Oh dear! Another year goes by, another international failure. Again we played well, again we came close.
We were far better competing in the Southern Hemisphere than in 1996, 1999, 2008 and 2010.
But in the final analysis we couldn’t score when it really mattered. Yet when the Kiwis and the Aussies need an important try against us, they tend to find it.
It’s hard to be too critical of the players. England’s halves looked better than many previous combinations, whilst Daryl Clark and Sean O’Loughlin in the crucial hooker and loose forward positions were very good.
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Our props continue to be exceptional and our outside backs are light years ahead of the 2008 equivalents, who were awful in that World Cup.
Even so, I still felt something was missing. And I really take no pleasure from this, but you have to conclude that with another coach things would perhaps be different.
Steve McNamara has done some good things in this job since 2010, and I applaud him wholeheartedly for unleashing the superb Dan Sarginson when most coaches would have stuck with the perfectly good Michael Shenton.
But McNamara strikes you as a coach who doesn’t learn from his mistakes. He has a bad habit of withdrawing his best players when it simply isn’t needed, just because the general consensus dictates that it is something that should be done.
In 2007 his Bradford team infamously imploded in the play-offs against Wigan when three or four of his best players were sitting on the bench looking bemused.
Last year he surrendered the initiative against the Kangaroos at the Millennium Stadium by unnecessarily hooking big names, and he was at it again on Saturday morning.
We have the best front row in the world at the moment, and they all played very well against the Kiwis. So why bring them all off?
The answer is that it is apparently the done thing in today’s game. But that doesn’t make it right.
Bringing on Brett Ferres at dummy-half was a calamitous mistake, and although the replacement props were good – especially the impressive Chris Hill – I don’t see the sense in substituting the two best props in the world. Especially not at similar times.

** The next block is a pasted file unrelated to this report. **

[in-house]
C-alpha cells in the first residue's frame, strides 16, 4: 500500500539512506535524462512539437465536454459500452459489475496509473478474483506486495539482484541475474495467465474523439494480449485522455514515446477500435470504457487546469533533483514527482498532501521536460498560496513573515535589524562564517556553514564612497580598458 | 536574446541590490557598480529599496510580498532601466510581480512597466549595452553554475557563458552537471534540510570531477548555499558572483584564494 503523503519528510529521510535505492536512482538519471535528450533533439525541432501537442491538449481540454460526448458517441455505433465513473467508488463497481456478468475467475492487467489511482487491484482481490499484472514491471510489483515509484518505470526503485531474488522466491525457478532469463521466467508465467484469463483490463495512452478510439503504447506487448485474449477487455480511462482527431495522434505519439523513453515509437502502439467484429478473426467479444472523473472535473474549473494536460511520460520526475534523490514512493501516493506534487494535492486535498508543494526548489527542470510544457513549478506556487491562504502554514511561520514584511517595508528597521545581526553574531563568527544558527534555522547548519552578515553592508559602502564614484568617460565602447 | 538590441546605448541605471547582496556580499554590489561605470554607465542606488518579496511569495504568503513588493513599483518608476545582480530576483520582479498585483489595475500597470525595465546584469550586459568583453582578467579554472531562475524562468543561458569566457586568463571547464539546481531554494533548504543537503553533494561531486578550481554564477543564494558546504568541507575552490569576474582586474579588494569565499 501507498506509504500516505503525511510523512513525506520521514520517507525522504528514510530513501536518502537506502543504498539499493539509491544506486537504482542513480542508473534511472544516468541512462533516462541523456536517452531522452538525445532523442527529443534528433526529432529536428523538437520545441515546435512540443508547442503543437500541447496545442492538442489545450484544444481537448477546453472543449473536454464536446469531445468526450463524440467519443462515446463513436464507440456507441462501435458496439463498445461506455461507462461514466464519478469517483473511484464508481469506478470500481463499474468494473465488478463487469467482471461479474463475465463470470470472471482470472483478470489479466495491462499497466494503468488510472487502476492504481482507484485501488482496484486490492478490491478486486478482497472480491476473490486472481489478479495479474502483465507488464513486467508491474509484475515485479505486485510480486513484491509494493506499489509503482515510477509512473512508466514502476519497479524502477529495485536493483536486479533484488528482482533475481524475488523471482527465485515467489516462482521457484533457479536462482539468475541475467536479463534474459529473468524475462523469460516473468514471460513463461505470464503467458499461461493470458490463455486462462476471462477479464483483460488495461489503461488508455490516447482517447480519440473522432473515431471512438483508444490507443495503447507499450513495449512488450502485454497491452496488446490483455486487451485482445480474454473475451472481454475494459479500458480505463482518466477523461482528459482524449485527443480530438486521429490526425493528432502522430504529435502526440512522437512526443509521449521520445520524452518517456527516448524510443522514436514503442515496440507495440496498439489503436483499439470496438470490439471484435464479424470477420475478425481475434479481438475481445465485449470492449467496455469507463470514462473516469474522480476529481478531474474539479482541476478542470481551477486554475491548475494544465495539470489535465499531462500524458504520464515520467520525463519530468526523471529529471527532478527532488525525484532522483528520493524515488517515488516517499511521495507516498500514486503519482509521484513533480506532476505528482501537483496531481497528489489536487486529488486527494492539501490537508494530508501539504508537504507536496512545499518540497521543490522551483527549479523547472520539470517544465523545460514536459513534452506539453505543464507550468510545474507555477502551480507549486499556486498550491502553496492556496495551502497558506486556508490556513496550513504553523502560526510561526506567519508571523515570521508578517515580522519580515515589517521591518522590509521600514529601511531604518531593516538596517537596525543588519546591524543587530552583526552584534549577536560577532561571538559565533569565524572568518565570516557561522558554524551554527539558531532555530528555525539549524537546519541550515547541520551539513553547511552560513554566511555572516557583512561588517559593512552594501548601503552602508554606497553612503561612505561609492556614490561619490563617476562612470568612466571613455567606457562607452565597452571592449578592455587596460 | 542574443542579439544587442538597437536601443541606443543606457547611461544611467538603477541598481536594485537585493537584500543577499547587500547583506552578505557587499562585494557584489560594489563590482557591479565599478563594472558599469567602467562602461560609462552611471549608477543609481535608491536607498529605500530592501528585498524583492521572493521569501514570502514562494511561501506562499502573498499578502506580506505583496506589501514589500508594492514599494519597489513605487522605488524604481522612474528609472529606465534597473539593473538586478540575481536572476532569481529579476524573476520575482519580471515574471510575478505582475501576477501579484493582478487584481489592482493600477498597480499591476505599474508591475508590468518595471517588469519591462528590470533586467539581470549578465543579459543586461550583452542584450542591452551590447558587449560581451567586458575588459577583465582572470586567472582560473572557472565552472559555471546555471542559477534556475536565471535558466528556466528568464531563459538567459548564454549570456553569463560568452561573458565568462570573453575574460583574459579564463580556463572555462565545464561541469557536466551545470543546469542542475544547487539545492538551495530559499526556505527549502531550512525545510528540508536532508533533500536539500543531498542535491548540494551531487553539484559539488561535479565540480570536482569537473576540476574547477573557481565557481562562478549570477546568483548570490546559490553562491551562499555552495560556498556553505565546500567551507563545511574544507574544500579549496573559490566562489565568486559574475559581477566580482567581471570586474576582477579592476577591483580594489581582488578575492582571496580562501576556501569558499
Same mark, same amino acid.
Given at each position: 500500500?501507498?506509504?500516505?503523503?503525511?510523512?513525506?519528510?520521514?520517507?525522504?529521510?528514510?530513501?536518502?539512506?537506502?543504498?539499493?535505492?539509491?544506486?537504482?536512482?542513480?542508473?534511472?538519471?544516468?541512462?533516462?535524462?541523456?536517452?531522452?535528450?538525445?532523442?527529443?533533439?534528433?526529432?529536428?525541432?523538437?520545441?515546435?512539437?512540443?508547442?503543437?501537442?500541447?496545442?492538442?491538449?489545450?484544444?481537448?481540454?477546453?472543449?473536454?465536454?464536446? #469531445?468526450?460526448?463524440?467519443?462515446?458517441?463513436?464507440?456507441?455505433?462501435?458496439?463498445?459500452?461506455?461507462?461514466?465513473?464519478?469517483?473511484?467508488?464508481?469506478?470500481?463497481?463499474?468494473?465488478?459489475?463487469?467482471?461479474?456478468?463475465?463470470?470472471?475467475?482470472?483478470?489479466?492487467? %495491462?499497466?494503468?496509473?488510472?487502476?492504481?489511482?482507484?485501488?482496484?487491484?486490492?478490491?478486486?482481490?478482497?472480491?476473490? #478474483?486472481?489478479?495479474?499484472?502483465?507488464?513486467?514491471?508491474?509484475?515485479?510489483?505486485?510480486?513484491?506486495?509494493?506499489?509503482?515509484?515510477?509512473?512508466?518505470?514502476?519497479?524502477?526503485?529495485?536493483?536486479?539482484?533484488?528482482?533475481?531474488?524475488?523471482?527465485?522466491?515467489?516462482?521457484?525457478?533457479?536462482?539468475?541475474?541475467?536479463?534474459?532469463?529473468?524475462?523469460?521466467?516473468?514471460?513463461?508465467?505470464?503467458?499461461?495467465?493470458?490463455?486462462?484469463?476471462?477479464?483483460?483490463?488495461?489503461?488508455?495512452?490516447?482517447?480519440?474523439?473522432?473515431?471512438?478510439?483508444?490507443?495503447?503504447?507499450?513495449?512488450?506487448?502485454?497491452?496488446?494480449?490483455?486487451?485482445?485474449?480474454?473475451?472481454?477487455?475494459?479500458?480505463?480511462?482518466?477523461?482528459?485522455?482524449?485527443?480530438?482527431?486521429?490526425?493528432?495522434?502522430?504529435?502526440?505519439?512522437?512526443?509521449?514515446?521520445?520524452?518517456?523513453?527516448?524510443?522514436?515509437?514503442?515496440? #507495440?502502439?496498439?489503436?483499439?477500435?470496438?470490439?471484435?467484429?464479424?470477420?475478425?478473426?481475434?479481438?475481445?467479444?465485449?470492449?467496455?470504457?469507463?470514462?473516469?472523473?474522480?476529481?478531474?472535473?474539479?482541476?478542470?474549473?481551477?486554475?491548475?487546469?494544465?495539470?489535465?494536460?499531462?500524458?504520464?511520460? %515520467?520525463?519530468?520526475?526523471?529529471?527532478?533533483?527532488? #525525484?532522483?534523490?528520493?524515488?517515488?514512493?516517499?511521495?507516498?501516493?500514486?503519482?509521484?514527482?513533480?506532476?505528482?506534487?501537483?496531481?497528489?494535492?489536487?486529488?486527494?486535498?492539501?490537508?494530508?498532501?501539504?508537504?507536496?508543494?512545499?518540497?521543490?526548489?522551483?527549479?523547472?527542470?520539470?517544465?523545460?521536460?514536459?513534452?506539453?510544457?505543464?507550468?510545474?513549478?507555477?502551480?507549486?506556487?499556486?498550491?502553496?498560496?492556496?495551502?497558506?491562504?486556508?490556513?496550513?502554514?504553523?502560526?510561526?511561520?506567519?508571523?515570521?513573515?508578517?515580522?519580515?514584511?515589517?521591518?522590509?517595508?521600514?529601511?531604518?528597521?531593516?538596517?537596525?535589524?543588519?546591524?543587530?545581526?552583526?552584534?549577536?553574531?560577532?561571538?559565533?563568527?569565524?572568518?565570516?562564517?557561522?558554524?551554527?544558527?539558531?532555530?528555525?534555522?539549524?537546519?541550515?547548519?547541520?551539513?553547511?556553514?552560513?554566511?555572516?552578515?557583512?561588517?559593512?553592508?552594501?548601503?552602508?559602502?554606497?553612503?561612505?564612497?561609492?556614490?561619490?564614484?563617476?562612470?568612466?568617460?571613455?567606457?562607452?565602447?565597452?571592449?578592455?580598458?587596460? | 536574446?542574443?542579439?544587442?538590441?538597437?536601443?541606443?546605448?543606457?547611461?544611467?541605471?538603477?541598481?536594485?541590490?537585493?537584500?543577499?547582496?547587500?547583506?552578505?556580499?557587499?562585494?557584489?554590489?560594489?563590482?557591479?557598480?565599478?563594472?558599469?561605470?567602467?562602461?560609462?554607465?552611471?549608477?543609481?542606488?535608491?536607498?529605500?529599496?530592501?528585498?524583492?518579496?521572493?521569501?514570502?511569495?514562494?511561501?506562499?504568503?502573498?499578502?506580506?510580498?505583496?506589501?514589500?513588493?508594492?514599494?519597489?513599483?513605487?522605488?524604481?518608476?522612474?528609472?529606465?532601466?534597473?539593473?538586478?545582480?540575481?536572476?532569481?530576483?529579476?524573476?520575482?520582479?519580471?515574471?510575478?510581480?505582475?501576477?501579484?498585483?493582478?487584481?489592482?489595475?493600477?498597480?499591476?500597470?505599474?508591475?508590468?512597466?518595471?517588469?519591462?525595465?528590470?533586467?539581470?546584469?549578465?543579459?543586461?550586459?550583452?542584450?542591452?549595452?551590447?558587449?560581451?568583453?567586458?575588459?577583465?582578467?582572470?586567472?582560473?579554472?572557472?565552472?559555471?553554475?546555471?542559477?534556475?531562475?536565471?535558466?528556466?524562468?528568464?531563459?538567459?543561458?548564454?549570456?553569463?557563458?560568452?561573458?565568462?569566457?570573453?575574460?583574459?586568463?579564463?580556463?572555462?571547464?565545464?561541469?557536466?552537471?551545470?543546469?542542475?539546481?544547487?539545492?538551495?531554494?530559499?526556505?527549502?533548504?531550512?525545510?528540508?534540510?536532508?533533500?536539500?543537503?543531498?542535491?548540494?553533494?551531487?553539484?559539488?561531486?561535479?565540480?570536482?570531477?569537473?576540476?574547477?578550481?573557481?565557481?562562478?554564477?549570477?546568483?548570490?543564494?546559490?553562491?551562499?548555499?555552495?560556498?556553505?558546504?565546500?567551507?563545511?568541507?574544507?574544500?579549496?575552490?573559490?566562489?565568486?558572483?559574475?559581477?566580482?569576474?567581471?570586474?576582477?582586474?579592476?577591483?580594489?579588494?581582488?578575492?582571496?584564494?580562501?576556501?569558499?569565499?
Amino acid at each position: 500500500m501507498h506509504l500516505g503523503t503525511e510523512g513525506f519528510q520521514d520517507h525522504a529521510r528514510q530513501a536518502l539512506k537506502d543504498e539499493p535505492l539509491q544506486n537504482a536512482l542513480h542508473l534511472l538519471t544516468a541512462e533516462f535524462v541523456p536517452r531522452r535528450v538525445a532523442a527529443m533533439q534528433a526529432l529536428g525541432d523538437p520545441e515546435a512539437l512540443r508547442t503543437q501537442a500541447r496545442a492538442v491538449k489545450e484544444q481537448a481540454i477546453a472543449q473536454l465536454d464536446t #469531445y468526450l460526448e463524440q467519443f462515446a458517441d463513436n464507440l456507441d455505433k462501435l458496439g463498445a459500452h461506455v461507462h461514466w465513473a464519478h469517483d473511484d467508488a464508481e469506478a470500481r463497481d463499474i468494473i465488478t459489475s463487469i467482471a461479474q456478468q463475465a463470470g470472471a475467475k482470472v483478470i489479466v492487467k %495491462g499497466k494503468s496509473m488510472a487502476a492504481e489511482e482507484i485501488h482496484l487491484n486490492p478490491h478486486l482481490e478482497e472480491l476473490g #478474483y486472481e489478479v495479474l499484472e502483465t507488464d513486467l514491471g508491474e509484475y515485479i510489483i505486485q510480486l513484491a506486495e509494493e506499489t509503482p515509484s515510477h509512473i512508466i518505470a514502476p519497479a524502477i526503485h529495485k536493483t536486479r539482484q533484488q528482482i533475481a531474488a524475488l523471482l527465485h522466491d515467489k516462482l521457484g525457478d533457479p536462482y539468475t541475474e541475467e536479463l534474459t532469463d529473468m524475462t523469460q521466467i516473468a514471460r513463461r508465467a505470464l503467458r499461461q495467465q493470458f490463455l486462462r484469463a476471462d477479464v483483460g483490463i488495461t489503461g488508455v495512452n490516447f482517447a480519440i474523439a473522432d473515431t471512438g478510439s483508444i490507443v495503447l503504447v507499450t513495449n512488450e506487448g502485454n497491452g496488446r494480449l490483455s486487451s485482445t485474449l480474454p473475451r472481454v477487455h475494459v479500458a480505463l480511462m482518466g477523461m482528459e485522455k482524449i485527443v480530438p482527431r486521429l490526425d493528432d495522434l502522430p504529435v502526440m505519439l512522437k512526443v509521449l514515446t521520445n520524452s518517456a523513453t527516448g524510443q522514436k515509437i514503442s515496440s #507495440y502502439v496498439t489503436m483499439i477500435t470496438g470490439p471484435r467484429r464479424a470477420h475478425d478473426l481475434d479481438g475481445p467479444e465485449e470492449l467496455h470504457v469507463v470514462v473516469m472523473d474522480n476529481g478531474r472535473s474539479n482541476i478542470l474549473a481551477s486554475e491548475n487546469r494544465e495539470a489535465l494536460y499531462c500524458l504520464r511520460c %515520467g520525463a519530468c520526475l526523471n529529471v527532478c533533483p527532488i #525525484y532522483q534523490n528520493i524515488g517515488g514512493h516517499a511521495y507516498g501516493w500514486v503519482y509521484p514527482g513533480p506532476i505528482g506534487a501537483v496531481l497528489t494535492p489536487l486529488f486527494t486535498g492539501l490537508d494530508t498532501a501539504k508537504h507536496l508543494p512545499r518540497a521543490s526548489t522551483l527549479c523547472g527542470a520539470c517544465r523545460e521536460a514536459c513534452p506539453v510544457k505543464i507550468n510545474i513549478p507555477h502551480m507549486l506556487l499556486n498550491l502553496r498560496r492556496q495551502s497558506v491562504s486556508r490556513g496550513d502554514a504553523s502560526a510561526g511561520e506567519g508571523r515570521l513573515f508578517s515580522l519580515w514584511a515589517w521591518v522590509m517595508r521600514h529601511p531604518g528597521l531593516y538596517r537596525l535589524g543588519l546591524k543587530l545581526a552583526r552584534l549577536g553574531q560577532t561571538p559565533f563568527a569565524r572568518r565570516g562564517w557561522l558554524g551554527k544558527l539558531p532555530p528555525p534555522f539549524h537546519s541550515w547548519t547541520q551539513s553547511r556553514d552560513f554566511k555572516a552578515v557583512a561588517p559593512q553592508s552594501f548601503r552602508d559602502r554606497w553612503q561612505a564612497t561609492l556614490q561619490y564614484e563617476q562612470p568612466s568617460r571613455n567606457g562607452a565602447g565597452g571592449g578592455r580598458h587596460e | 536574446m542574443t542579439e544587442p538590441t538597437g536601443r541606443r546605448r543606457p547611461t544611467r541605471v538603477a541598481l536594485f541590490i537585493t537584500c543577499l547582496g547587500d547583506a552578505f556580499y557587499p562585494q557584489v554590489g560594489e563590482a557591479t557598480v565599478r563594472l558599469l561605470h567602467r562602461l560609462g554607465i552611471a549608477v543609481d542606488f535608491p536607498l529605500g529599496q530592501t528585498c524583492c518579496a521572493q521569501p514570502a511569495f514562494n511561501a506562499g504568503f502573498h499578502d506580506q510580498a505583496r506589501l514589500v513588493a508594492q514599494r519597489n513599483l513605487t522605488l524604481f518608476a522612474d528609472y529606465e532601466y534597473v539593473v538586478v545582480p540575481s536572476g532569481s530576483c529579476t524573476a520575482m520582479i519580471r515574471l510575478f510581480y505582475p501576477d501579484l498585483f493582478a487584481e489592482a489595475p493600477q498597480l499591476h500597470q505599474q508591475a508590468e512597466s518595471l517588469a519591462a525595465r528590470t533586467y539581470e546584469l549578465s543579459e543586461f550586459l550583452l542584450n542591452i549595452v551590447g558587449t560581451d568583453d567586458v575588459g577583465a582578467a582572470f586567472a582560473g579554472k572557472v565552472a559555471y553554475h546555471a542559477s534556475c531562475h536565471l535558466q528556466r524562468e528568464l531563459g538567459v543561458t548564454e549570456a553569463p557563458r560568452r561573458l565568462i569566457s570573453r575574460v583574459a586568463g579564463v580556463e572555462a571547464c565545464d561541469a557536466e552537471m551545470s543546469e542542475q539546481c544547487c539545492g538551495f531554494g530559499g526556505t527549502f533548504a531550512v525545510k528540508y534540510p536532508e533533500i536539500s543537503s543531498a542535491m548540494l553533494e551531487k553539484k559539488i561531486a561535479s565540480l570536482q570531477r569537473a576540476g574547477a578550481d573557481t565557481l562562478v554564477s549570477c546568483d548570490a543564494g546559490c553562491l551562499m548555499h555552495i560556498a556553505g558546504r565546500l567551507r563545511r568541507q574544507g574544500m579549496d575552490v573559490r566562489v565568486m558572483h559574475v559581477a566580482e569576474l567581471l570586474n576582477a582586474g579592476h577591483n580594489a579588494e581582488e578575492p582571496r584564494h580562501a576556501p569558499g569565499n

And it was no coincidence that when the starting frontrowers came back on in around the 55th minute, we scored.
Likewise, I don’t believe that O’Loughlin got enough minutes against the Aussies and the Kiwis. If he wasn’t totally fit then he shouldn’t have toured, but he played very well when he was on the pitch, so I suspect his withdrawal was also tactical and not on fitness grounds.
The only reasonable conclusion to make is that he should have been out there longer, and we missed him when he was on the sidelines.
We don’t have the depth to be limiting the minutes of our best forwards like this.
After four years in the helm, and after just one win in nine attempts against Australia and New Zealand, I think it’s time for McNamara to stand aside for the reasons stated above and also for the fact that it’s not ideal that he’s based in Australia, and not even as a head coach.
I would love to see the job go to Daryl Powell, who I think has all the attributes needed for the job.
His ability to coach a team of underdogs and have them overachieving was demonstrated beautifully at Castleford this year, and he would face a similar challenge with England.
We also need to knock the idea of full-time international coaching on the head. It’s another nice theory that doesn’t work in reality.
I’d be more than happy for Daryl to coach Cas again next season and then to lead England into their best-of-three series against New Zealand in a year’s time.
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And he’d have a lot to work with. In Sarginson and Kallum Watkins we have our best centre pairing since Gary Connolly and Paul Newlove. And we have other world-class backs in Sam Tomkins and Ryan Hall.
I really do think that we should be confident of beating the Kiwis in a year’s time and I also believe that we can win the 2017 World Cup.
Wholesale changes to the team aren’t needed, but a new coach with new ideas could be the answer.